By Todd McLeish | Courtesy of URI Today[divider style=”solid” color=”#eeeeee” width=”1px”]
KINGSTON, R.I. – January 10, 2019 – Commercial fishermen have very different perceptions of the impact of the Block Island Wind Farm than do recreational fishermen, according to a survey of both groups by a University of Rhode Island doctoral student.
Of the 25 fishermen interviewed, all of whom said they regularly fish in the area of the wind farm, the recreational fishermen generally perceive the turbines positively while the commercial fishermen see them as mostly negative.
The results of the study, funded by Rhode Island Sea Grant, were reported at a meeting of the American Geophysical Union in Washington, D.C., in December.
“Little is known about the impacts of offshore wind farms on marine users in the United States, and it’s critical to understand these impacts in context,” said Talya ten Brink, the URI student who conducted the survey with Professor Tracey Dalton. “Generally, our findings show there are uneven impacts on the different fishing sectors.”
According to ten Brink, almost all of the fishermen agreed that there is more recreational fishing taking place in the vicinity of the wind turbines than before the turbines were installed. That’s because the turbine support structures serve as artificial reefs that attract a wide variety of fish and marine invertebrates to the area. Cod and other species not found in the area before are now observed, for instance.
As a result, charter boats and recreational fishermen are drawn to the area that they seldom visited prior to the wind farm installation. The wind farm has also become a prime destination for recreational spearfishing.
The commercial fishermen surveyed said that the increase in recreational fishermen – as well as what they called “wind farm tourists” – was an inconvenience because they increased activity on their fishing ground.
The survey results could have implications for future planning for wind farm development.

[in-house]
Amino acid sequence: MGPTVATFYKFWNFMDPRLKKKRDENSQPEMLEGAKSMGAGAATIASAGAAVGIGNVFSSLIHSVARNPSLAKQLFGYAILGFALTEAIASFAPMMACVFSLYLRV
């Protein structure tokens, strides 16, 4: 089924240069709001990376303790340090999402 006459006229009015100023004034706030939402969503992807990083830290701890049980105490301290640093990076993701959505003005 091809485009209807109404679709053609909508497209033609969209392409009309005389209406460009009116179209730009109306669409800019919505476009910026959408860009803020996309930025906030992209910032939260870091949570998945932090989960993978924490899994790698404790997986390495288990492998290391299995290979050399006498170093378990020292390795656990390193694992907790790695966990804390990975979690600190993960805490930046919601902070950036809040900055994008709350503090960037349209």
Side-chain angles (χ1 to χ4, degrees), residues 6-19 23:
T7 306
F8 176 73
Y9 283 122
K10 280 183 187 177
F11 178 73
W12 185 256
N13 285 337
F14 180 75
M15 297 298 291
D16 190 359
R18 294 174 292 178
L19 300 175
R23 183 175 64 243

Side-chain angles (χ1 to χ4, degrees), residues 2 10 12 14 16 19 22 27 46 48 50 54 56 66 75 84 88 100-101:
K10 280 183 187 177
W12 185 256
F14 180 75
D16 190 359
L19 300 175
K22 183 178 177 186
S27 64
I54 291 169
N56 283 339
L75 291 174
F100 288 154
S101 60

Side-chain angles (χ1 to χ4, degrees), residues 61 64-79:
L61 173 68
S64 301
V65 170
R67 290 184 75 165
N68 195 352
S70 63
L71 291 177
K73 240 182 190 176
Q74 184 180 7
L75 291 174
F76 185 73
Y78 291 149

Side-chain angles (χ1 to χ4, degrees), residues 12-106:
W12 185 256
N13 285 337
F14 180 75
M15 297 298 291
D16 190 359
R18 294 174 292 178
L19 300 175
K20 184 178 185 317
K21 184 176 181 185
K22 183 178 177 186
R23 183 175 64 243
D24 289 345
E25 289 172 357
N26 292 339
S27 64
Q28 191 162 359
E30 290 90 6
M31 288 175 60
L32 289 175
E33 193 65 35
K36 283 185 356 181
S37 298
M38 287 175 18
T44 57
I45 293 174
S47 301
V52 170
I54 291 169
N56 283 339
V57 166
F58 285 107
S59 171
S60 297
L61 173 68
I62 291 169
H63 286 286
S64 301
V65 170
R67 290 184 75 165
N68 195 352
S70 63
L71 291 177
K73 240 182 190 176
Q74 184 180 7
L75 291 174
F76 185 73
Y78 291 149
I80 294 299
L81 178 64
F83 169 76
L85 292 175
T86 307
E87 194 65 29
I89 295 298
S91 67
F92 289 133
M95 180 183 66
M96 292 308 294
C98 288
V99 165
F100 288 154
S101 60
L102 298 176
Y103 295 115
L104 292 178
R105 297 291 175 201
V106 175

“Climate change is a huge problem worldwide, and renewable energy resources could reduce [carbon dioxide] emissions by half, so if we’re planning on using offshore wind, it’s important to understand the concerns and the pros and cons of the structures being out there,” said ten Brink. “Once we understand, it will be much easier to have a productive discussion about how to go forward with offshore wind development.
“As with any large-scale project, offshore wind development can be done right or wrong,” she added. “These results inform how it can be done right, with minimal negative impact and maximum positive impact.”
ten Brink suggested that the survey results might inspire wind farm developers to build relationships with charter boats and recreational fishing organizations that would benefit from offshore wind farm installations. Developers might also ease the concerns expressed by commercial fishermen about running into the structures by supporting the acquisition of new navigation equipment for the fishermen.
“The survey results open up a lot of ways to create win-win situations,” she said.
ten Brink cautioned, however, that her results only reflect the impacts of one small wind farm in operation for only one year. Once the novelty wears off for the recreational fishermen and the commercial fishermen learn to live with the turbines, their perceptions may change.
“There were fishermen who were really worried about the impacts and were pleased when the impacts weren’t too bad, but they’re still worried about the impacts of more and more turbines in the future,” ten Brink concluded.